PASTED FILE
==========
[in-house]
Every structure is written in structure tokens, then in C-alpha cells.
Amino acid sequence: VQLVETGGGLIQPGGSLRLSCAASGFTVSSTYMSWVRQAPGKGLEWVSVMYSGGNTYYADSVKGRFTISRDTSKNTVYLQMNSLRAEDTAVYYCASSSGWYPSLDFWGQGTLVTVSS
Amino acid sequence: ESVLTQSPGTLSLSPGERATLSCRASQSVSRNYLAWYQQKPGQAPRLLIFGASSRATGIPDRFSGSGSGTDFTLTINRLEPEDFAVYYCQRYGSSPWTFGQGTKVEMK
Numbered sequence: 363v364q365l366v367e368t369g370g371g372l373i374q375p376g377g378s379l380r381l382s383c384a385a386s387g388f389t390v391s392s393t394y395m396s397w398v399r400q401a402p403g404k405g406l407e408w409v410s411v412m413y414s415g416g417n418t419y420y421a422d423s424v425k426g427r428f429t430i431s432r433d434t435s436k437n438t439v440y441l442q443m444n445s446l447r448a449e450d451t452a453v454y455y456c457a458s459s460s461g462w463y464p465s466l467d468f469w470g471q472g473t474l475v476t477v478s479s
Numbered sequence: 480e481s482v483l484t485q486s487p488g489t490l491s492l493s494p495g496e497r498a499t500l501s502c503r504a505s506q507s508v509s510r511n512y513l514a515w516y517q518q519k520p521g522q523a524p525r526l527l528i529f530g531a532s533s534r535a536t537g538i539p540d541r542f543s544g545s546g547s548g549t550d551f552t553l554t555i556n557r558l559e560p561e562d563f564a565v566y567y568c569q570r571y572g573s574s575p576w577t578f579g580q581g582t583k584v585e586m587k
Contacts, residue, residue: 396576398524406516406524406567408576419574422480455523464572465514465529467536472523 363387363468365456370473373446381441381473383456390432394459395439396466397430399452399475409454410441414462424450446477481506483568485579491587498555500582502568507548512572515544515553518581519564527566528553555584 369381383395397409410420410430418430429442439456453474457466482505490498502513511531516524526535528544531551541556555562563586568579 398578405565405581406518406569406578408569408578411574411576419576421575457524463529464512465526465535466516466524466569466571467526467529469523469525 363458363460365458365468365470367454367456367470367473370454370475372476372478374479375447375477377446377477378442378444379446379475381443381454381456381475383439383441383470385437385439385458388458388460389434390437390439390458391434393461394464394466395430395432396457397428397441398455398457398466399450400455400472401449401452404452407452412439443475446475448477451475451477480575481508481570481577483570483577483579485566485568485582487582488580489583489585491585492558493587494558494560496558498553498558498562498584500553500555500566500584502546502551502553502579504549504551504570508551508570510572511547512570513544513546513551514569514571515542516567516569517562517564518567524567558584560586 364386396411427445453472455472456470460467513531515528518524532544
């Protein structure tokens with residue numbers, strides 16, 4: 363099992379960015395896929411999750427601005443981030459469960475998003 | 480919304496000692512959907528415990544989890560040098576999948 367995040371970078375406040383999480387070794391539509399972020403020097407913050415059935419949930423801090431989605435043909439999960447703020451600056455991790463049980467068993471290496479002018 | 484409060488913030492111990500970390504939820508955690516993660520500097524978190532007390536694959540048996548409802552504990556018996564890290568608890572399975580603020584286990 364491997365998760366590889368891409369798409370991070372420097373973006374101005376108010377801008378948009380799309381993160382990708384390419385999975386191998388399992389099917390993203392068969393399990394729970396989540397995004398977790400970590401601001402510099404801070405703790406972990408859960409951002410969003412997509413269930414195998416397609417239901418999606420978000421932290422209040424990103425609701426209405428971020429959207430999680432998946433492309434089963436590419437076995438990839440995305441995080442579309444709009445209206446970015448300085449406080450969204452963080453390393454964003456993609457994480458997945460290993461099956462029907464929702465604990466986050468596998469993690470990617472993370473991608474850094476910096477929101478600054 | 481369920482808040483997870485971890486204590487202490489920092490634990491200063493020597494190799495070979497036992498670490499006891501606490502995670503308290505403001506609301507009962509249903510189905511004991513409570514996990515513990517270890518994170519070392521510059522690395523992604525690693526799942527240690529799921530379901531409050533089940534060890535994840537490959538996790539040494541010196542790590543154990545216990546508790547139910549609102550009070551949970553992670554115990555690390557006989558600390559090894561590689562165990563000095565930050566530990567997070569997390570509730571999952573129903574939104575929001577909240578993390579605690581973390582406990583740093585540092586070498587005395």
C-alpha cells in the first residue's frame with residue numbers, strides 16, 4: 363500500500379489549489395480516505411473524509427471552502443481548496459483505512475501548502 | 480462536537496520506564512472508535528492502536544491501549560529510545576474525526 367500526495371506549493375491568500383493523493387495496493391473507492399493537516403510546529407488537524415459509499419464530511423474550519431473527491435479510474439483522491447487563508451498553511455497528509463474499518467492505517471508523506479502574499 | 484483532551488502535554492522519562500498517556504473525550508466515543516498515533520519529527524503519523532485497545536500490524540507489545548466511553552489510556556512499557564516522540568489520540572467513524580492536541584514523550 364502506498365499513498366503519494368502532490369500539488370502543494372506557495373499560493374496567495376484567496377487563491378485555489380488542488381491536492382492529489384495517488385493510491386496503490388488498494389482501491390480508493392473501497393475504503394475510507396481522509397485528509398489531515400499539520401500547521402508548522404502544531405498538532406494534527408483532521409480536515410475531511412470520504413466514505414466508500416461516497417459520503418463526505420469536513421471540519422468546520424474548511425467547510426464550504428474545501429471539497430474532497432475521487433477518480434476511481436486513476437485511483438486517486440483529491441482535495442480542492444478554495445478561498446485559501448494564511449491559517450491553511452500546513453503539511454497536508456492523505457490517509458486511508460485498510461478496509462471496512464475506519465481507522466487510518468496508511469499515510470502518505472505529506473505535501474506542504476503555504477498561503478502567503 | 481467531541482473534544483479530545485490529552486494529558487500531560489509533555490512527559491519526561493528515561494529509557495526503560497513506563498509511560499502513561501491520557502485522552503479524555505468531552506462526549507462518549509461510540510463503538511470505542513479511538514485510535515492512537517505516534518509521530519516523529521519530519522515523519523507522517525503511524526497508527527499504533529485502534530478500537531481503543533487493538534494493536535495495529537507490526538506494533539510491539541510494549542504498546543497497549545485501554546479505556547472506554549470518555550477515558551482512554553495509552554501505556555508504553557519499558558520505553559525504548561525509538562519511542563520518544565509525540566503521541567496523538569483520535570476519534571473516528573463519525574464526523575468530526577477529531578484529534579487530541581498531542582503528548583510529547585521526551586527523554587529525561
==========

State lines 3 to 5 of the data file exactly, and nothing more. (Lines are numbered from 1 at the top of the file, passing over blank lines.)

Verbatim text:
Amino acid sequence: VQLVETGGGLIQPGGSLRLSCAASGFTVSSTYMSWVRQAPGKGLEWVSVMYSGGNTYYADSVKGRFTISRDTSKNTVYLQMNSLRAEDTAVYYCASSSGWYPSLDFWGQGTLVTVSS
Amino acid sequence: ESVLTQSPGTLSLSPGERATLSCRASQSVSRNYLAWYQQKPGQAPRLLIFGASSRATGIPDRFSGSGSGTDFTLTINRLEPEDFAVYYCQRYGSSPWTFGQGTKVEMK
Numbered sequence: 363v364q365l366v367e368t369g370g371g372l373i374q375p376g377g378s379l380r381l382s383c384a385a386s387g388f389t390v391s392s393t394y395m396s397w398v399r400q401a402p403g404k405g406l407e408w409v410s411v412m413y414s415g416g417n418t419y420y421a422d423s424v425k426g427r428f429t430i431s432r433d434t435s436k437n438t439v440y441l442q443m444n445s446l447r448a449e450d451t452a453v454y455y456c457a458s459s460s461g462w463y464p465s466l467d468f469w470g471q472g473t474l475v476t477v478s479s